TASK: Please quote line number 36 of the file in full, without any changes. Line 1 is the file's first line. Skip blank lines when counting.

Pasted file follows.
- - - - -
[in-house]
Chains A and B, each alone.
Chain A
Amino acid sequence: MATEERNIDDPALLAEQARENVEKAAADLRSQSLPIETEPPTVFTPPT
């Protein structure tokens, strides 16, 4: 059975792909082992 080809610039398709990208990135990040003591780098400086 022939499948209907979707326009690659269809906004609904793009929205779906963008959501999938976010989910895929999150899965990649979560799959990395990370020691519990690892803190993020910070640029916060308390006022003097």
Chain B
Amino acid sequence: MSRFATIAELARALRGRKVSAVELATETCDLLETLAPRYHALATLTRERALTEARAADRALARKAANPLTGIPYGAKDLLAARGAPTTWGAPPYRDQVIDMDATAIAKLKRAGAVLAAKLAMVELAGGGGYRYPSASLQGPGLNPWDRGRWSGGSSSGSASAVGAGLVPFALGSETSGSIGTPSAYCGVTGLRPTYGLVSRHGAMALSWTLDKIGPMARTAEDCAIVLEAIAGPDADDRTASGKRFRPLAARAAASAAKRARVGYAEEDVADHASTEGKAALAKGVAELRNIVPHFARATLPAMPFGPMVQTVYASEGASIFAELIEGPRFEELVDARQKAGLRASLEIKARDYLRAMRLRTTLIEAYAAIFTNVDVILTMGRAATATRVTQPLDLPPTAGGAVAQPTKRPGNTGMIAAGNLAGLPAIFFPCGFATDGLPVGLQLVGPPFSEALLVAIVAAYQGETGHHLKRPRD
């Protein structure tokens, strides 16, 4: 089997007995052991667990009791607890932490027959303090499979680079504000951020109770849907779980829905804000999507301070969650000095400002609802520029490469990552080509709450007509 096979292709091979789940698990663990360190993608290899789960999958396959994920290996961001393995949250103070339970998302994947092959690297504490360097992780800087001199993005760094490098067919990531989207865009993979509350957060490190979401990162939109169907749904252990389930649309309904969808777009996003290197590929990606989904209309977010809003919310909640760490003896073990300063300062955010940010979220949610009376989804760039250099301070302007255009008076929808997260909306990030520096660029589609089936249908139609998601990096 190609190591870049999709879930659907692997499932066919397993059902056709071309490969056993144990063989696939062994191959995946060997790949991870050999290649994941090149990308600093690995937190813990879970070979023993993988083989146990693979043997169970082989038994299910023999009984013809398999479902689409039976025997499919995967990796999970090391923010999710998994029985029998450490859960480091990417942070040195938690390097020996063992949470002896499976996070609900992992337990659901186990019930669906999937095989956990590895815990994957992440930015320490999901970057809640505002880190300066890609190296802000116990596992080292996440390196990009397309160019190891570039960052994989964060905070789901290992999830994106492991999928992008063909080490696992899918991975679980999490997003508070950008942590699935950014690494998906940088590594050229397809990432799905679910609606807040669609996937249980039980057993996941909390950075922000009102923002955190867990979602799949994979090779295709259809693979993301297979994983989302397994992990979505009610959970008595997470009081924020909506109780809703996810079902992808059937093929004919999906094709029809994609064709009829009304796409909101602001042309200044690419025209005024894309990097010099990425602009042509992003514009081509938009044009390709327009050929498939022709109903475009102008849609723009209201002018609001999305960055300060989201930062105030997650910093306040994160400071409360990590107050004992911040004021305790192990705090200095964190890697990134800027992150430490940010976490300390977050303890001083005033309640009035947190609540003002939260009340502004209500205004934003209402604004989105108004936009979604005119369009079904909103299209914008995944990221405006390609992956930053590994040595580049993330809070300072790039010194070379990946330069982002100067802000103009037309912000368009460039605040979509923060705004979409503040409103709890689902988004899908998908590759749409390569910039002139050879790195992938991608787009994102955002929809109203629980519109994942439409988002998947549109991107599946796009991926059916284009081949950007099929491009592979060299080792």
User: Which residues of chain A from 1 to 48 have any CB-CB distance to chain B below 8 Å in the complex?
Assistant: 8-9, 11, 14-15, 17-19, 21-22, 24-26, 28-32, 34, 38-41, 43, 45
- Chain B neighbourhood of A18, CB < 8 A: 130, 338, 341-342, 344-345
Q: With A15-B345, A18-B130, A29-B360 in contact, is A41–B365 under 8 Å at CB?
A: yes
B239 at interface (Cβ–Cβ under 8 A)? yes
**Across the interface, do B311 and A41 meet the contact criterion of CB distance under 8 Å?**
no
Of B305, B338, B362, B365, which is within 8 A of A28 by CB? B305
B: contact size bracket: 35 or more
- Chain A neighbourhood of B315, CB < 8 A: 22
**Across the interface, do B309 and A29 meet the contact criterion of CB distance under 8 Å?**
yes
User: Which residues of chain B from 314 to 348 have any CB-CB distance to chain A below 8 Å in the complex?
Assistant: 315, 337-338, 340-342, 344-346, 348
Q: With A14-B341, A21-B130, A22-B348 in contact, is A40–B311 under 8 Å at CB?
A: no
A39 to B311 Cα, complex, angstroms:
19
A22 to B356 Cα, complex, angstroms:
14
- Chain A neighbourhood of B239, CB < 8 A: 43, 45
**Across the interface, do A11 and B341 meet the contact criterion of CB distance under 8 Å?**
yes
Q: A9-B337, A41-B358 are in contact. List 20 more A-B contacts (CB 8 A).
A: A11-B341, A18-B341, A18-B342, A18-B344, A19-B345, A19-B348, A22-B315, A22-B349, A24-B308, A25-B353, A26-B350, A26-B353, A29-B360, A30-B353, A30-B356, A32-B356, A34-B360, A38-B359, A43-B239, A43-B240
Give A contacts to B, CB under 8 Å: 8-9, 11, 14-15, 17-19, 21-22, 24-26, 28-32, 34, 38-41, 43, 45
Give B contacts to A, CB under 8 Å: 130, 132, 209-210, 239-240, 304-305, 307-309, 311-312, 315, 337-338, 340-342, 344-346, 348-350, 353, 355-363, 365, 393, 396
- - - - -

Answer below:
Give B contacts to A, CB under 8 Å: 130, 132, 209-210, 239-240, 304-305, 307-309, 311-312, 315, 337-338, 340-342, 344-346, 348-350, 353, 355-363, 365, 393, 396